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Posted November 8, 2010
Highly Recommended for beginners and intermediate users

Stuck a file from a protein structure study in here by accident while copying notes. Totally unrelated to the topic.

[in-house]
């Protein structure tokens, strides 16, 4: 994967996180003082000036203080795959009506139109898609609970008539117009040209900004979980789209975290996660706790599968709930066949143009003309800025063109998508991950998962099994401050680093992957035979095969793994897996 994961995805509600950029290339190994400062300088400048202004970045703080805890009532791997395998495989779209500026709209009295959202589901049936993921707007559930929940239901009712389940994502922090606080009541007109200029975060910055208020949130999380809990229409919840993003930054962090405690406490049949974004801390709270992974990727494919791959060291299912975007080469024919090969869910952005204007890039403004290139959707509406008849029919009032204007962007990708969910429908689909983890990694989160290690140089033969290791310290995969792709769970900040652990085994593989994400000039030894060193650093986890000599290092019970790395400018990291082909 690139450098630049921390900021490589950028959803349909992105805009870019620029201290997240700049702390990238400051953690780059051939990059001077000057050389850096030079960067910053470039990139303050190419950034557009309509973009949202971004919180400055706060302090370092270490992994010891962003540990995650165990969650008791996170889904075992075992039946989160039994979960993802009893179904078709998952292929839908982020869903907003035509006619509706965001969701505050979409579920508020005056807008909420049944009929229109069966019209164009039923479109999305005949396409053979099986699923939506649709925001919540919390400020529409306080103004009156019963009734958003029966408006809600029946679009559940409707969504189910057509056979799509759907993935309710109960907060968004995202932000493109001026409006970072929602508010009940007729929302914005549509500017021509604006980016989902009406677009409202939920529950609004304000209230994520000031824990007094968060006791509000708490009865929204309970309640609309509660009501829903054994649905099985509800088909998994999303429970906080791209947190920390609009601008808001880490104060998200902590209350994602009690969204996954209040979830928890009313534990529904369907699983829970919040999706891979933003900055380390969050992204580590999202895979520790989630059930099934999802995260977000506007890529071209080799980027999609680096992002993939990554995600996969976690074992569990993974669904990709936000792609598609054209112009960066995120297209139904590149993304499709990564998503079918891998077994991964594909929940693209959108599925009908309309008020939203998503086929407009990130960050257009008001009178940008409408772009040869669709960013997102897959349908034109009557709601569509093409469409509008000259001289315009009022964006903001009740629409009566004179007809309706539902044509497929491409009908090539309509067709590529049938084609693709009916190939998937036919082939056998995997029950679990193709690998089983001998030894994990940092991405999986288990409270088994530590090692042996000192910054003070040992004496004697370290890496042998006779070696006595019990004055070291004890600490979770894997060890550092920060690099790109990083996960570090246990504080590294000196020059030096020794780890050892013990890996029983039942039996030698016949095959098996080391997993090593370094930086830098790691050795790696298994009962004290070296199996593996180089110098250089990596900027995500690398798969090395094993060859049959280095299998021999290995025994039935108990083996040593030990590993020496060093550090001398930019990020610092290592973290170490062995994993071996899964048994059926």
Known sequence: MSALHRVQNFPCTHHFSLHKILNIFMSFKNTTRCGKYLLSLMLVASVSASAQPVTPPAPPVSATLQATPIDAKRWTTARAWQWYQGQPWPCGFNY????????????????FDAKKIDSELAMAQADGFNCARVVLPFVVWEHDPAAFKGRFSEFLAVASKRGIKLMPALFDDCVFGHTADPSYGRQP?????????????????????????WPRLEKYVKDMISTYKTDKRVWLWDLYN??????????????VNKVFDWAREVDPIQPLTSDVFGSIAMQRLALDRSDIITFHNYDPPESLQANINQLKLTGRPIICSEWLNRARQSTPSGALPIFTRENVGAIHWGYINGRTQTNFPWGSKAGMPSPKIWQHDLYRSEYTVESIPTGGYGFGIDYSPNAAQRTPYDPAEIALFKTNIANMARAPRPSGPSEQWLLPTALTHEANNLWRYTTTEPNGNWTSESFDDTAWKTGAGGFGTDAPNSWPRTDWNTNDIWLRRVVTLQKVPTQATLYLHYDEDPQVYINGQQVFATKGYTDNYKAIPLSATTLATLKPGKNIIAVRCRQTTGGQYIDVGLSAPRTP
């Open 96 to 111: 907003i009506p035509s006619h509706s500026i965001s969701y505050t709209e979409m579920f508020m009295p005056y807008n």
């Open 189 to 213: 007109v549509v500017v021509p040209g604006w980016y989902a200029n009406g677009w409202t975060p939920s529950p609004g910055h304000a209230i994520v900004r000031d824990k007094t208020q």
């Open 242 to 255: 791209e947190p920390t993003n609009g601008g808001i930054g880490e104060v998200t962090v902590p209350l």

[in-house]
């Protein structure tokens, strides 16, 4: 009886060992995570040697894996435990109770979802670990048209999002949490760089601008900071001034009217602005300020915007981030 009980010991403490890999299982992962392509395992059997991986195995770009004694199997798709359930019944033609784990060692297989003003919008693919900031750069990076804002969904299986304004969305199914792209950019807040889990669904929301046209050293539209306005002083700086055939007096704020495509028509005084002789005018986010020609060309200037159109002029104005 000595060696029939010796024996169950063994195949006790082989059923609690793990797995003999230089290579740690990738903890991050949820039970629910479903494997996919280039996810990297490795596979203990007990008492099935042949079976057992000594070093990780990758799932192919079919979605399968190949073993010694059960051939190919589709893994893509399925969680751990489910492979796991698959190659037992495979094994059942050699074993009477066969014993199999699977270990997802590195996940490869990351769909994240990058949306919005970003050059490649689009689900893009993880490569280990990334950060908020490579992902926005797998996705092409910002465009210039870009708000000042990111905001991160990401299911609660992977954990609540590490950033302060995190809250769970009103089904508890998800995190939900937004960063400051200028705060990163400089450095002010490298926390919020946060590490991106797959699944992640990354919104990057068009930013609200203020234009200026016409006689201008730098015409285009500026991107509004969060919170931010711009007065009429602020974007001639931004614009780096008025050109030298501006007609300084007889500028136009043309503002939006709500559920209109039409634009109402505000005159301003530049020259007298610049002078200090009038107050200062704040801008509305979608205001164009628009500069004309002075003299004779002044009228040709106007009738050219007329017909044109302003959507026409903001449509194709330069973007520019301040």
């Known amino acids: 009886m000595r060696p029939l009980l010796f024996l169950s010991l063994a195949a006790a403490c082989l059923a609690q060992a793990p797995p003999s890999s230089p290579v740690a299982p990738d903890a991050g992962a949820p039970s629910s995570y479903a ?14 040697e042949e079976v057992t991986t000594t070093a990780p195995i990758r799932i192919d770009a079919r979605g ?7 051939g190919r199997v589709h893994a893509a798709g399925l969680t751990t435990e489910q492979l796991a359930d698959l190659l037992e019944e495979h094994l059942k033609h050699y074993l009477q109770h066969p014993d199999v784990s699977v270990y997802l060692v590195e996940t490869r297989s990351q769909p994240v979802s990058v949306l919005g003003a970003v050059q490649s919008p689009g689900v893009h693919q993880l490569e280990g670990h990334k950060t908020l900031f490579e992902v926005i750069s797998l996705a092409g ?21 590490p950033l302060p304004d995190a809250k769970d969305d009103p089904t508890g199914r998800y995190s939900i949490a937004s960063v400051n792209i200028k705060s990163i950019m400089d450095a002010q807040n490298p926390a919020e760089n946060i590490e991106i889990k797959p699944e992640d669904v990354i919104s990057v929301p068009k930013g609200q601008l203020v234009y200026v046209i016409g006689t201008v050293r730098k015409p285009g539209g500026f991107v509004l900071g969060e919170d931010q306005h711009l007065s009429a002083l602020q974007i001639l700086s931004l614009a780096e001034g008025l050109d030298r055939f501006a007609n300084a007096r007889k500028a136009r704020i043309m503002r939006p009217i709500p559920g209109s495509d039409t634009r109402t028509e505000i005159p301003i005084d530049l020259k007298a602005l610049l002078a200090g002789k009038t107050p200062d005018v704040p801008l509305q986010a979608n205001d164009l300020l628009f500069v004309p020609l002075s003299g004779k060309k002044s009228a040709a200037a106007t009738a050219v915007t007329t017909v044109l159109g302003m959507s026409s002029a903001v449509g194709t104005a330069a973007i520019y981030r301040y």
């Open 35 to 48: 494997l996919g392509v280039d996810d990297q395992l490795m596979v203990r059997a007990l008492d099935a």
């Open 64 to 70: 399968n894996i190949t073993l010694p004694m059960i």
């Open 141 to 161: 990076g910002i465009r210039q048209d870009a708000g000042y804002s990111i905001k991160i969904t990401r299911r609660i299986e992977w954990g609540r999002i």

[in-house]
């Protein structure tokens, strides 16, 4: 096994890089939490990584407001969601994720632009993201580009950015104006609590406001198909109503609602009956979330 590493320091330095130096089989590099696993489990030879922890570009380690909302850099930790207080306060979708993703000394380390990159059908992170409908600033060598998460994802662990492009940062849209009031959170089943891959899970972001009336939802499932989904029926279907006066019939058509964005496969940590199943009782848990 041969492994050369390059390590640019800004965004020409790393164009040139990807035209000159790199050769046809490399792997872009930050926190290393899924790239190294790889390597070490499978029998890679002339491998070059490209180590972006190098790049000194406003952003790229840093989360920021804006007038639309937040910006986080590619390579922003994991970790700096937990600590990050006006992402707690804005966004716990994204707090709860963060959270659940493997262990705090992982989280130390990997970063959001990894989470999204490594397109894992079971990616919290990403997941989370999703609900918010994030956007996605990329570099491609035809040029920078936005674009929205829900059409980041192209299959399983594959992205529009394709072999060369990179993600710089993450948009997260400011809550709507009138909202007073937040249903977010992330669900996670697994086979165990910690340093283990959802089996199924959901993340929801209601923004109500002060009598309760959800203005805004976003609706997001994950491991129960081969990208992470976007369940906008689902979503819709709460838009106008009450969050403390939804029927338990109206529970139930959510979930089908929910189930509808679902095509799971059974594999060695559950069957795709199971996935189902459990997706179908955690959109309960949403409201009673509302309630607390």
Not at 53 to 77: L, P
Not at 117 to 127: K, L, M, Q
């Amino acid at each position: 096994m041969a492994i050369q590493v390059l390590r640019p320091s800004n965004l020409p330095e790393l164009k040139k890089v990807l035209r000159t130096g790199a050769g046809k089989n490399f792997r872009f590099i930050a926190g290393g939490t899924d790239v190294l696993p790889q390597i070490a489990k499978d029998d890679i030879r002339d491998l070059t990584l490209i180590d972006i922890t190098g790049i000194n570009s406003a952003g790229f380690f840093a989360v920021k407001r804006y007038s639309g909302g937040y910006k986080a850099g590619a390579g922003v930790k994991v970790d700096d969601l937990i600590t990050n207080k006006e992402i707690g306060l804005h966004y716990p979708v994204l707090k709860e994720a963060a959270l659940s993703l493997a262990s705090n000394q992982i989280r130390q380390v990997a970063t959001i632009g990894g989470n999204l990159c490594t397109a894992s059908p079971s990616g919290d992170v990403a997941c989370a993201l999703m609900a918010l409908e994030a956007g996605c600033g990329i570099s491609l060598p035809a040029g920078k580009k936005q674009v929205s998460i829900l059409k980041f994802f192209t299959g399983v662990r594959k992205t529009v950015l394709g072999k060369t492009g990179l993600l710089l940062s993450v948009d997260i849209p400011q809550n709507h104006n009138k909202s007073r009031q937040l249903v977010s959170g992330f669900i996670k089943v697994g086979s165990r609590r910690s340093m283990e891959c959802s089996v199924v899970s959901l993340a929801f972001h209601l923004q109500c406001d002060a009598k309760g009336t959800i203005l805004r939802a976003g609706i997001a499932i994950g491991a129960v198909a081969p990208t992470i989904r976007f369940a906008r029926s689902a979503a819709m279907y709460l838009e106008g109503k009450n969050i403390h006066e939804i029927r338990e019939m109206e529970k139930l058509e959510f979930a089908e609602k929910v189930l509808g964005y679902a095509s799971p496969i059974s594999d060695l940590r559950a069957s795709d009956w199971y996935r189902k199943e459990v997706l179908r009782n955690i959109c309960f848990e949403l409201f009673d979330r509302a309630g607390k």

I've just purchased Office 2010, and sitting in front of my laptop I can see, out of the corner of my eye, a copy of "Using Microsoft Office 97" gathering dust on my bookshelf. Well, although I have not used Office 97 for a number of years I did think that it would be useful to update my knowledge about the Office suite of programs, hence my purchase of "Beginning Microsoft Office 2010 by Guy Hart-Davis." This is quite a weighty tome, some 753 pages, but don't let this discourage you, as you will find out its very good value for money. The book covers Word, Excel, PowerPoint, Outlook, and OneNote, Guy Hart-Davis has designed it to help the beginner and intermediate user get up to speed quickly and immediately become productive with these applications. I find his approach focused, providing detailed advice on everyday tasks as well as the more complex tasks. If you are reading this for personnel pleasure or work there are many items you will find useful. If you know anything about Office the temptation is to skip Chapter 1, which is an introduction to the five main Office programs, but that might be a mistake, I found a few things I had not picked up by just using Office, in any case if you have used Office before it will not take long to read. Given that you cannot look at a blog or article these days without the "Cloud" being mentioned Chapter 2 provided a very good overview of how to start using the cloud via Microsoft's SkyDrive, worth a look with the 25GB free space. I found Chapter 3 provided a very comprehensive understanding of the common tools across the Office suite, very useful if you are using an old version of Office or only use one or two of the applications, this shows you how they integrate and how you might make best use of this integration. Chapter 7 explains how to format your documents, in particular applying styles, anyone who has used Microsoft Word knows that "styles" are very powerful, but at the same time you can get into a lot of trouble if you do not understand them. In fact you usually end up using the default, which given the versatility of this feature is a waste. You need to invest time in understanding how they work and chapter 7 goes into all the detail you need. Creating Excel charts is covered in chapter 14 and is fairly basic, but essential for the beginner, not so clear that the intermediate user would find it helpful, although I found it is set out very well. The Excel chapters do not mention pivot tables which might have been useful, but I guess you cannot cover everything. Chapter's 17 and 18 are quite good at combining the mechanics of PowerPoint with the need to create clear, concise and compelling slides; if these are the only chapters you read in this section it will be worthwhile. I liked chapter 19 because it told you how to set up your PC for a presentation, how often have you plugged in your laptop, to a supplied projector, only to find that there was some incompatibility with the projector. Well this chapter should help sort it out, a very comprehensive chapter about presentation, very useful stuff. Chapter 21 is part of the Outlook section and explains how to import contacts; it would have been more useful to have had information about importing messages from other email applications. I guess what I like about the book is that all the cool features you get with Office 2010 are explained very fully and that enables you to make the best of
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